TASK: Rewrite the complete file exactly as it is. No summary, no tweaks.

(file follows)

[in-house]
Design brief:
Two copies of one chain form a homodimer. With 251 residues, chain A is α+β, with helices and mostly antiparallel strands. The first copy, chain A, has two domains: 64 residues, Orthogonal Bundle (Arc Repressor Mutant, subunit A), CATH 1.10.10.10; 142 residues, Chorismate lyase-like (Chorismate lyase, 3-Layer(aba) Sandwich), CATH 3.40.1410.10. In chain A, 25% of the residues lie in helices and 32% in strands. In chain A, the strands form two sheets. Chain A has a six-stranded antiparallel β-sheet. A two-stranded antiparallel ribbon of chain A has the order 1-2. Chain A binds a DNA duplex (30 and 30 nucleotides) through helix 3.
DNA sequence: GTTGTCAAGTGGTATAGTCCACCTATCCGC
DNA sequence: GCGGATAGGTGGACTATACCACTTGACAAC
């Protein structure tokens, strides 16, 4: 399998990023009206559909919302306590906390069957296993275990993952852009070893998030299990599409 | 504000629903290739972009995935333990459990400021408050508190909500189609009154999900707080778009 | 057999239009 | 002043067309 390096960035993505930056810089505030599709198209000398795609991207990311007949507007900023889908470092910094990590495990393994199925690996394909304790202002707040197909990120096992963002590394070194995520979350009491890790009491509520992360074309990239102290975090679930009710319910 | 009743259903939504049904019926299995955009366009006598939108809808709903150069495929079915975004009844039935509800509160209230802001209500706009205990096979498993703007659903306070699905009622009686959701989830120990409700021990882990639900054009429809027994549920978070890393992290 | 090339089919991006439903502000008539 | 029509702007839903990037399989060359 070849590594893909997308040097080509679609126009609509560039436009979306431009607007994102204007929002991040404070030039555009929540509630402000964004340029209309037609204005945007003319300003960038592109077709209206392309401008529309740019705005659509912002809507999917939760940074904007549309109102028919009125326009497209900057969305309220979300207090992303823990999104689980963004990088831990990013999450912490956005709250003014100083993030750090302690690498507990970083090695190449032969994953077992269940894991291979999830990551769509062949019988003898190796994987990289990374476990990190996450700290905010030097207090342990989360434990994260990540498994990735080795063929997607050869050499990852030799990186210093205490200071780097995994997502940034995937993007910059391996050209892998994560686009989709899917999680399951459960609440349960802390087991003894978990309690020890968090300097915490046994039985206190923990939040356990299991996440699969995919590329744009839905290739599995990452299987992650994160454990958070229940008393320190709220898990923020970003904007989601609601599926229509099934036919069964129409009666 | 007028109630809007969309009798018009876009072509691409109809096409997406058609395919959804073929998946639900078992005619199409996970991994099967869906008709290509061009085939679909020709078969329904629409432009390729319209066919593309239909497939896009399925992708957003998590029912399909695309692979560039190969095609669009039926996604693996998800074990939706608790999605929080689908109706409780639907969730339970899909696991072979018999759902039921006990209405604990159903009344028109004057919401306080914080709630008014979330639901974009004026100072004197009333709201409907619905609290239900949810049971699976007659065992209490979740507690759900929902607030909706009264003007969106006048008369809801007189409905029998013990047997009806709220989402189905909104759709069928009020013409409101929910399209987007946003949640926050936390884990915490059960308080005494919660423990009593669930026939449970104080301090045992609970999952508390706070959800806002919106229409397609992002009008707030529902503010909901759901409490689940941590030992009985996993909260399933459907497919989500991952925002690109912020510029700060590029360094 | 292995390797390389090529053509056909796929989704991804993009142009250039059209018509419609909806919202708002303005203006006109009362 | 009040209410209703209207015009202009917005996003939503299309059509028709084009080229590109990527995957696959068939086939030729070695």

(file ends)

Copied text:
[in-house]
Design brief:
Two copies of one chain form a homodimer. With 251 residues, chain A is α+β, with helices and mostly antiparallel strands. The first copy, chain A, has two domains: 64 residues, Orthogonal Bundle (Arc Repressor Mutant, subunit A), CATH 1.10.10.10; 142 residues, Chorismate lyase-like (Chorismate lyase, 3-Layer(aba) Sandwich), CATH 3.40.1410.10. In chain A, 25% of the residues lie in helices and 32% in strands. In chain A, the strands form two sheets. Chain A has a six-stranded antiparallel β-sheet. A two-stranded antiparallel ribbon of chain A has the order 1-2. Chain A binds a DNA duplex (30 and 30 nucleotides) through helix 3.
DNA sequence: GTTGTCAAGTGGTATAGTCCACCTATCCGC
DNA sequence: GCGGATAGGTGGACTATACCACTTGACAAC
């Protein structure tokens, strides 16, 4: 399998990023009206559909919302306590906390069957296993275990993952852009070893998030299990599409 | 504000629903290739972009995935333990459990400021408050508190909500189609009154999900707080778009 | 057999239009 | 002043067309 390096960035993505930056810089505030599709198209000398795609991207990311007949507007900023889908470092910094990590495990393994199925690996394909304790202002707040197909990120096992963002590394070194995520979350009491890790009491509520992360074309990239102290975090679930009710319910 | 009743259903939504049904019926299995955009366009006598939108809808709903150069495929079915975004009844039935509800509160209230802001209500706009205990096979498993703007659903306070699905009622009686959701989830120990409700021990882990639900054009429809027994549920978070890393992290 | 090339089919991006439903502000008539 | 029509702007839903990037399989060359 070849590594893909997308040097080509679609126009609509560039436009979306431009607007994102204007929002991040404070030039555009929540509630402000964004340029209309037609204005945007003319300003960038592109077709209206392309401008529309740019705005659509912002809507999917939760940074904007549309109102028919009125326009497209900057969305309220979300207090992303823990999104689980963004990088831990990013999450912490956005709250003014100083993030750090302690690498507990970083090695190449032969994953077992269940894991291979999830990551769509062949019988003898190796994987990289990374476990990190996450700290905010030097207090342990989360434990994260990540498994990735080795063929997607050869050499990852030799990186210093205490200071780097995994997502940034995937993007910059391996050209892998994560686009989709899917999680399951459960609440349960802390087991003894978990309690020890968090300097915490046994039985206190923990939040356990299991996440699969995919590329744009839905290739599995990452299987992650994160454990958070229940008393320190709220898990923020970003904007989601609601599926229509099934036919069964129409009666 | 007028109630809007969309009798018009876009072509691409109809096409997406058609395919959804073929998946639900078992005619199409996970991994099967869906008709290509061009085939679909020709078969329904629409432009390729319209066919593309239909497939896009399925992708957003998590029912399909695309692979560039190969095609669009039926996604693996998800074990939706608790999605929080689908109706409780639907969730339970899909696991072979018999759902039921006990209405604990159903009344028109004057919401306080914080709630008014979330639901974009004026100072004197009333709201409907619905609290239900949810049971699976007659065992209490979740507690759900929902607030909706009264003007969106006048008369809801007189409905029998013990047997009806709220989402189905909104759709069928009020013409409101929910399209987007946003949640926050936390884990915490059960308080005494919660423990009593669930026939449970104080301090045992609970999952508390706070959800806002919106229409397609992002009008707030529902503010909901759901409490689940941590030992009985996993909260399933459907497919989500991952925002690109912020510029700060590029360094 | 292995390797390389090529053509056909796929989704991804993009142009250039059209018509419609909806919202708002303005203006006109009362 | 009040209410209703209207015009202009917005996003939503299309059509028709084009080229590109990527995957696959068939086939030729070695």